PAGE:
Why Do I Have Swollen Feet? Causes and Treatments
Published: December 28, 2020
Did your feet just go from a size 8 to an 8.5? What gives?
Swelling in your feet happens to everyone from time to time to varying degrees. Swollen feet are often caused by standing for long periods of time, or after extending exercise such as walking or running. When your on your feet, gravity pulls blood towards your feet and there can be certain degrees of pooling.
The actual source of swelling (known by its medical term edema) is attributed to your small blood vessels leaking fluid into nearby tissues.
Causes of Swollen Feet
Like many foot conditions, possible causes are wide-ranging. If you find your feet ballooning, and are concerned, look out for any of these causes:
- Pregnancy: A common symptom of late pregnancy is for feet and ankles to swell. This swelling comes from fluid retention and increased pressure on the veins.
- Sedentary lifestyle: A lifestyle with little exercise means that excess fluid accumulates in the feet.
- Being overweight
- Wearing ill-fitting shoes: Wearing tight shoes can put pressure on your feet and reduce circulation to the area. This pressure can encourage pooling of fluid in your legs rather than the blood flow you want to aim for in reducing swollen feet and legs.
- Hot weather: In fact, studies show that Google search trends for ankle swelling are greatest in spring and summer indicating a pattern among the general population. This is due to greater liquid retention in hot weather. In fact, the study found that, “Internet searches for information on ankle swelling are highly seasonal (highest in midsummer), with seasonality explaining 86% of search volume variability.” Although this is not directly related to cases of ankle swelling, it’s well-documented that Internet searches accurately reflect trends in the population.
- Alcohol: Since your body retains more water when drinking, alcohol consumption can cause swollen feet. If you find your feet are consistently swollen when consuming alcohol, it could be a sign that you’re drinking too much (or too often), or it could be a sign of problems with your liver or kidney.
- Blood clots: Blood clots in the lower legs can trap fluid in the foot and ankle area as it limits the return flow to other parts of your leg and body.
How Do You Reduce Swelling In The Feet?
Fortunaely there are many DIY methods for treating swollen feet. Even better, some of these at-home methods are inexpensive, and highly effective. These include:
- Soak your feet in cool water.
- Drink plenty of water.
- Wear shoes that allow your feet to breathe and move freely.
- Rest with your legs elevated.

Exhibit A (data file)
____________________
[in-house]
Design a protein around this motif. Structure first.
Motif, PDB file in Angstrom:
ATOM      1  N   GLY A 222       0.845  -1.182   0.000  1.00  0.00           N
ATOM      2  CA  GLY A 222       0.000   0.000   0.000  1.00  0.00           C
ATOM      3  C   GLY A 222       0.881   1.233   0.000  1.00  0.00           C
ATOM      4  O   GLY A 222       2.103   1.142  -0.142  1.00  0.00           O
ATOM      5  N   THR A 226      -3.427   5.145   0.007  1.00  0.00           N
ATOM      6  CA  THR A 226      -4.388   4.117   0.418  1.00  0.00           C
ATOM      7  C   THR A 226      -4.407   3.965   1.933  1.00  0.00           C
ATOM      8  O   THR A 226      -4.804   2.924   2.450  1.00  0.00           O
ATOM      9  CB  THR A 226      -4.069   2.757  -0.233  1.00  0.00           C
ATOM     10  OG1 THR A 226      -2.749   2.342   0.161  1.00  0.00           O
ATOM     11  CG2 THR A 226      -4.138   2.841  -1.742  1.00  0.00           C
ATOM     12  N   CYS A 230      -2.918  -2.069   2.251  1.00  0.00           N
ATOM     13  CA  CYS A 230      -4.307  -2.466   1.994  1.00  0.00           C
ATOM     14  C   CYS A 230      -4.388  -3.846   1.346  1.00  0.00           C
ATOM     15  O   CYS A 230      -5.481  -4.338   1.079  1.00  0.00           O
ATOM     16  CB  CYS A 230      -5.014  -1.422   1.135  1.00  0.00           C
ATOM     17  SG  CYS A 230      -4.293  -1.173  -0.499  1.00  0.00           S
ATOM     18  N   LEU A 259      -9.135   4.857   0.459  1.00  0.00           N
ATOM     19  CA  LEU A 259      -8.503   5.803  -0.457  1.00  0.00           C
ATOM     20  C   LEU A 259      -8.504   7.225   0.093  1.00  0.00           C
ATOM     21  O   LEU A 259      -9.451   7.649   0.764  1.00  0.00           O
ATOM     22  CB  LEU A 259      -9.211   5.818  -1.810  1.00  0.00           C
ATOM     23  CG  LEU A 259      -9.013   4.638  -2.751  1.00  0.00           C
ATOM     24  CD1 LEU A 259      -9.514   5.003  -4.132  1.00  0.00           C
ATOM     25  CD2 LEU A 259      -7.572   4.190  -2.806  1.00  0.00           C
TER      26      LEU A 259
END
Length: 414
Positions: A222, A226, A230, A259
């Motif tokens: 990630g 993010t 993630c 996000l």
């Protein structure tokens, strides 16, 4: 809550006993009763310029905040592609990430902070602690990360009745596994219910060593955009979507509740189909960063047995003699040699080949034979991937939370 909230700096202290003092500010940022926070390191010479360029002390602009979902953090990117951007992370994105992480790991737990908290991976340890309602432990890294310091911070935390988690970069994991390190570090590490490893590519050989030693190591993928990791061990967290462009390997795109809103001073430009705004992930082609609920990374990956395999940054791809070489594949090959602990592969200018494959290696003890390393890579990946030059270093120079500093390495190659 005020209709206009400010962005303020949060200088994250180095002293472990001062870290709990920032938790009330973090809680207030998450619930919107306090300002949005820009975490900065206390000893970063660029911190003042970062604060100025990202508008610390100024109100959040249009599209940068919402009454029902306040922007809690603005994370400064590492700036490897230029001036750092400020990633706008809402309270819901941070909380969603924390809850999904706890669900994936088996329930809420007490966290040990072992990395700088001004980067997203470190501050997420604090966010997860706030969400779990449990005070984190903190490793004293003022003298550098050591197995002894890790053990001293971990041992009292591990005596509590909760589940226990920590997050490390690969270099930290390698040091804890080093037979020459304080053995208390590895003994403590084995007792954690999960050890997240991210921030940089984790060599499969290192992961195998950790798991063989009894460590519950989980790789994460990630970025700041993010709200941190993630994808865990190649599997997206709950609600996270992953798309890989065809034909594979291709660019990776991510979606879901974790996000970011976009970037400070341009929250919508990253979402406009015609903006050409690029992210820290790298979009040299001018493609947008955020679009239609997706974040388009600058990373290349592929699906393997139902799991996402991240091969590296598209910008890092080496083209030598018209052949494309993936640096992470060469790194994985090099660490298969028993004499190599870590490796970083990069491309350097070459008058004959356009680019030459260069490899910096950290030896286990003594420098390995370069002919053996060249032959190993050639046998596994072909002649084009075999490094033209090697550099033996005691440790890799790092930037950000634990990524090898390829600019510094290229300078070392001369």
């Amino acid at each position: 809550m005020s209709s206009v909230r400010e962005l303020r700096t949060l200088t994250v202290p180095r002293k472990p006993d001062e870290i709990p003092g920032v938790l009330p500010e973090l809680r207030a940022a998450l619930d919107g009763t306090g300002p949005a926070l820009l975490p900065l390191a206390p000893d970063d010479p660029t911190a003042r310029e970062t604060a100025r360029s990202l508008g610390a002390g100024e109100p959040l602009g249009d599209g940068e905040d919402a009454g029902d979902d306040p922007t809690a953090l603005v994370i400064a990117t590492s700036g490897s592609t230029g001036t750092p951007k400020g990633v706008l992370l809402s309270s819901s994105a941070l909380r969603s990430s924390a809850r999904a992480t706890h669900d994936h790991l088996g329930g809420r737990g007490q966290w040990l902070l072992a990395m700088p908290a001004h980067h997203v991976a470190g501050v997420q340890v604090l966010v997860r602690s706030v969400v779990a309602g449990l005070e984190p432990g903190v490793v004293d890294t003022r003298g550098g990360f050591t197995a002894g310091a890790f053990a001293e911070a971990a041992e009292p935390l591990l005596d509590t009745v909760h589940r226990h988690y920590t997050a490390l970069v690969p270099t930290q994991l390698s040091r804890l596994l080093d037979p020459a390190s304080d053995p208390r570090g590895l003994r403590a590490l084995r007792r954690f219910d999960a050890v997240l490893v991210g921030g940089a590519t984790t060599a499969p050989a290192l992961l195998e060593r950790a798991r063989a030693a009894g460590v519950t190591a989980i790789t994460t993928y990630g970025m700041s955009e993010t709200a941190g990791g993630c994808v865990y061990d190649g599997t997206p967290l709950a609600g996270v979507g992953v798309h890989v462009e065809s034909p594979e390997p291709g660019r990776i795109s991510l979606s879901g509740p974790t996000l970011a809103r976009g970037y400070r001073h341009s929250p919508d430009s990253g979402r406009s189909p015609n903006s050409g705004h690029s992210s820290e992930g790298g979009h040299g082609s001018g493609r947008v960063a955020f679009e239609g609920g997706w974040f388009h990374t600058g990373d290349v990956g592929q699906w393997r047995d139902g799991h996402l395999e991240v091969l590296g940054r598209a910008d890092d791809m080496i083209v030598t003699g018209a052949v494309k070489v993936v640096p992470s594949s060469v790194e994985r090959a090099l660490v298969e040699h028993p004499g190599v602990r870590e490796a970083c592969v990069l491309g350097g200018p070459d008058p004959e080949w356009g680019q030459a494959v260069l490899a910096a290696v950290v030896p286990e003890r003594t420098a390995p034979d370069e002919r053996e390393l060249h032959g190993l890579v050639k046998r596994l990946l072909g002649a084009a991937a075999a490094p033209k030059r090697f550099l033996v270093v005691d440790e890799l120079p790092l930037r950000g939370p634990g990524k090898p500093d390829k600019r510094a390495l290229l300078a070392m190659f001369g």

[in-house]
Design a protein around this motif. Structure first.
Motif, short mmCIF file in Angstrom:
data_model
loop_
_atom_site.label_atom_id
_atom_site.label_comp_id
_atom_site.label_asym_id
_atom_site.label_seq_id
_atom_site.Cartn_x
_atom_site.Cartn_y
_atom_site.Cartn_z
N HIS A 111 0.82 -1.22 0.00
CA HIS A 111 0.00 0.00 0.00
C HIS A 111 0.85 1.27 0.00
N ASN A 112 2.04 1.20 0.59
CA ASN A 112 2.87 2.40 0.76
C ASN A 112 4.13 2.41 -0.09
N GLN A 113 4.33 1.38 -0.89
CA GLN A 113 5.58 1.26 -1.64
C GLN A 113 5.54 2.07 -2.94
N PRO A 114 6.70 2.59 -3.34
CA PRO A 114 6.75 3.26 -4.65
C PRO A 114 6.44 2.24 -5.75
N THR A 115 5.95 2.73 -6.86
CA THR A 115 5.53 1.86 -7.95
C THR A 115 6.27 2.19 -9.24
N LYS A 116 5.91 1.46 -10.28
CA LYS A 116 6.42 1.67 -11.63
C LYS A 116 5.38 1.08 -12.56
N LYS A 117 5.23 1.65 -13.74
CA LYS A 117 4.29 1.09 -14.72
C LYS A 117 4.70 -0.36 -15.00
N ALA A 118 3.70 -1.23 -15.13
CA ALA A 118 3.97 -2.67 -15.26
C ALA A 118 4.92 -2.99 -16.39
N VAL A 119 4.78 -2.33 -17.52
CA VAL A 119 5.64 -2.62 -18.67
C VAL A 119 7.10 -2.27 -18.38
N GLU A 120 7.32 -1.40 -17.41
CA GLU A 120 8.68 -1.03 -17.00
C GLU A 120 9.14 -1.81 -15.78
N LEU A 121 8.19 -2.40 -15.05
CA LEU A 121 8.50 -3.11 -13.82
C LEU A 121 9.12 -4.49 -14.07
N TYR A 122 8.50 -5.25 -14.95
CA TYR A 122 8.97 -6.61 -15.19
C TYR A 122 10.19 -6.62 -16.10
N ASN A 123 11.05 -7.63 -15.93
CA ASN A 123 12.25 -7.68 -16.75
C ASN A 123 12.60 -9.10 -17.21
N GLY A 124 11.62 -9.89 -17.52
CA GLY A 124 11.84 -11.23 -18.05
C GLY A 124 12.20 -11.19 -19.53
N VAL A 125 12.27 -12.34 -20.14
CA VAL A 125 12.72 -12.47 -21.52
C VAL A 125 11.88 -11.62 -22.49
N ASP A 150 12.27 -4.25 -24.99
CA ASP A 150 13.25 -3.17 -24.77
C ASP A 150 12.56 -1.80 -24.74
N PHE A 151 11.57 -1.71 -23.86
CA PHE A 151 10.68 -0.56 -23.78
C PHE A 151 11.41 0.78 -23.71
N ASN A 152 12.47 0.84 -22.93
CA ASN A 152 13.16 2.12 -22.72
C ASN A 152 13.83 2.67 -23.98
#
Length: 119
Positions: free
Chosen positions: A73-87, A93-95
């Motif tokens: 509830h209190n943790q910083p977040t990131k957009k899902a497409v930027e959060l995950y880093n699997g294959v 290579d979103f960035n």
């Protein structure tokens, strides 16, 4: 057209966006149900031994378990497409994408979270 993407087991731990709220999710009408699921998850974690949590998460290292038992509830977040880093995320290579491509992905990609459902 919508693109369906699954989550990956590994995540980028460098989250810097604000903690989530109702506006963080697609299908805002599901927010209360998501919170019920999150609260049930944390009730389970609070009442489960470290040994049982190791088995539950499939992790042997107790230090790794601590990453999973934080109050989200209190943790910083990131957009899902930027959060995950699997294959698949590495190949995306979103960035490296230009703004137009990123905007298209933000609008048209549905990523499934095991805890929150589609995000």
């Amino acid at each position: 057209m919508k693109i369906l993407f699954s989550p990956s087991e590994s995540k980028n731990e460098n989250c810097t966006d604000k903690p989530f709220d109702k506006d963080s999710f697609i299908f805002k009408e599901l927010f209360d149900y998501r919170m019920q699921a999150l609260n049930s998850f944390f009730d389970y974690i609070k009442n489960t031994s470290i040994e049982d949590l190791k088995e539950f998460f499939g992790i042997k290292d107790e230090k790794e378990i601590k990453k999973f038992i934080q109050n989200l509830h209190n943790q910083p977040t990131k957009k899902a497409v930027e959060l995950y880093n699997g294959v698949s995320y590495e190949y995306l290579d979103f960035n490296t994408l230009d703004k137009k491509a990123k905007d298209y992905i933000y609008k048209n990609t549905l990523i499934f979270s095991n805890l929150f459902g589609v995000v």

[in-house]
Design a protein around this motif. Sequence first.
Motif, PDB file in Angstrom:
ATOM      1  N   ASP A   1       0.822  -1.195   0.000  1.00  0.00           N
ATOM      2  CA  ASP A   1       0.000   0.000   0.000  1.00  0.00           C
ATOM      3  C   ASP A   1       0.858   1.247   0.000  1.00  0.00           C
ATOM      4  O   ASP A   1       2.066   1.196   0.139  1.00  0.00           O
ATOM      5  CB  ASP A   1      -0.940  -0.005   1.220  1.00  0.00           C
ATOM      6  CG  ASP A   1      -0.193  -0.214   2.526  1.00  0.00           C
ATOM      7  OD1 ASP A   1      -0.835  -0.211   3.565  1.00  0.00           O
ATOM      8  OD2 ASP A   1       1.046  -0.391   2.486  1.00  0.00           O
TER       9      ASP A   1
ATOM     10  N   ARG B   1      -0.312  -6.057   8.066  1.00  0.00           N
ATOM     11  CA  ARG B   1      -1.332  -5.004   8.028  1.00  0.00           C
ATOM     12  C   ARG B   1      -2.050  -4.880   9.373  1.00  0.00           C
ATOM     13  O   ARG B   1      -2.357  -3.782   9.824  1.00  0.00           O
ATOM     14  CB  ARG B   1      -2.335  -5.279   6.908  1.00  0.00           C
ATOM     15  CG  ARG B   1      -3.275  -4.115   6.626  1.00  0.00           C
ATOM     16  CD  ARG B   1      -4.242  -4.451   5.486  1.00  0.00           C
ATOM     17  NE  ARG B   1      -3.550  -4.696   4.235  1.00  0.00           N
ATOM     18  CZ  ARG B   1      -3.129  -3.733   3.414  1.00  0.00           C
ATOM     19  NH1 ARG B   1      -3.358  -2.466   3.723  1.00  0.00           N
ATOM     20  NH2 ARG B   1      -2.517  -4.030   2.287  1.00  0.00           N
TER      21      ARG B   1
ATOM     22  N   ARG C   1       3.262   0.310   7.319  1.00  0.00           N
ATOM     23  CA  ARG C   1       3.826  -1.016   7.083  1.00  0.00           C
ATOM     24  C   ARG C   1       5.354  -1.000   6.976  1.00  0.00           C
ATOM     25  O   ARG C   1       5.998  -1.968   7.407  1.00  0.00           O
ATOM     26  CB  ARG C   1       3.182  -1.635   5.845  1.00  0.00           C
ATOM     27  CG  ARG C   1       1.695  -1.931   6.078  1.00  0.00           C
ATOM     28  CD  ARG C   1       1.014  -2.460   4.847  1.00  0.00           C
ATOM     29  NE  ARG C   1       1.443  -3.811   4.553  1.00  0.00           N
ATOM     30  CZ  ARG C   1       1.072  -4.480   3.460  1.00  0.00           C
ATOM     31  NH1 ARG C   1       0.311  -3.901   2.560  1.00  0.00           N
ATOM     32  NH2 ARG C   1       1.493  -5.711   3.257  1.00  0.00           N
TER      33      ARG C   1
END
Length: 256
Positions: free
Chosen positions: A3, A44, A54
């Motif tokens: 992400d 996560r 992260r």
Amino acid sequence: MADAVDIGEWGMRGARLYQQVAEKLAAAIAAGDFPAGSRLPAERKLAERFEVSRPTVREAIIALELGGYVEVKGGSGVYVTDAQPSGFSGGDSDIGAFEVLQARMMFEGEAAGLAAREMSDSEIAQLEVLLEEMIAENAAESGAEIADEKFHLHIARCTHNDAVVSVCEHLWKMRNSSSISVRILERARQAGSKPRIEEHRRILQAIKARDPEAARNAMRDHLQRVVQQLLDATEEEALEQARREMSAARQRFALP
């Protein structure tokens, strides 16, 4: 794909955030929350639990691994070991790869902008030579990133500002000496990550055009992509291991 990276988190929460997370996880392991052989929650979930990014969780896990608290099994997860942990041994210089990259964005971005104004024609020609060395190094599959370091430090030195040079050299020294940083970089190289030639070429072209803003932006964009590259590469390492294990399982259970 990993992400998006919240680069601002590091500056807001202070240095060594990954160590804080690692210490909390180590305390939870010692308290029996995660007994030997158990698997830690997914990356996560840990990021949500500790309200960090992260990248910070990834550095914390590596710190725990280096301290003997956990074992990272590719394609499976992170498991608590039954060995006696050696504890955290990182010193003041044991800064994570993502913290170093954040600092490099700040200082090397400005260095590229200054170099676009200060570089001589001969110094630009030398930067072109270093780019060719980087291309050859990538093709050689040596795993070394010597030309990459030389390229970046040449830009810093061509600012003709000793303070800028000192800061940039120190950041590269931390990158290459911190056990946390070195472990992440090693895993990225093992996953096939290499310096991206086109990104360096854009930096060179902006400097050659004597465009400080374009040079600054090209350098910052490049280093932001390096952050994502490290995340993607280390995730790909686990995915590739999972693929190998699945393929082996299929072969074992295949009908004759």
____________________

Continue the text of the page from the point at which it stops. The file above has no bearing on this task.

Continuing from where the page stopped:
- Wear compression stockings/compression gear.
- Do a few minutes of walking and simple leg exercises: If you sit for long periods of time, make an effort to get up once an hour for a short walk. Even if this is to refill your water bottle or go to the washroom, these regular breaks help with circulation and reduce the pooling in your lower legs.
When Should I Be Concerned About Swollen Feet?
Generally, if you can trace swollen feet back to a specific activity, like hot weather, or standing, then there is little cause for concern. If swelling is a perpetual problem, then you may want to seek medical help to determine the root cause of the condition.
There are a number of foot conditions that can be a greater cause for concern than basic edema.
Types of edema
- Peripheral edema. It could be a sign of problems with your circulatory system, lymph nodes, or kidneys.
- Pedal edema.It’s more common if you’re older or pregnant. It can make it harder to move around in part because you may not have as much feeling in your feet.
- Lymphedema. This type of edema is often causes damage to your lymph nodes, which are tissues that that help filter germs and waste from your body. The damage may be the result of cancer treatments like surgery and radiation.
Blood clots are of great concern. Not only do blood clots cause swelling in your legs (and in other parts of your body), these clots can be life-threatening. If not addressed, a blood clots can travel to the heart and lungs and be fatal. Watch for specific signs of blood clots including swelling in one leg, a low-grade fever, and even possible changes in colours to your affected legs. Call your doctor immediately if you suspect this foot condition, even if it’s just to be safe.
Can high blood pressure cause swollen feet?
Swollen feet can be a side effect of certain drugs meant for treating diabetes. For example, calcium-channel blockers for treating high blood pressure may be a culprit. You may want to ask your doctor about dosage and the type of medication if you find that the swelling is out of control or bothersome. (Swollen feet can add not insignificant weight to your body, and make walking difficult.)
People with diabetes also have an increased risk of infection, which can cause swollen feet.
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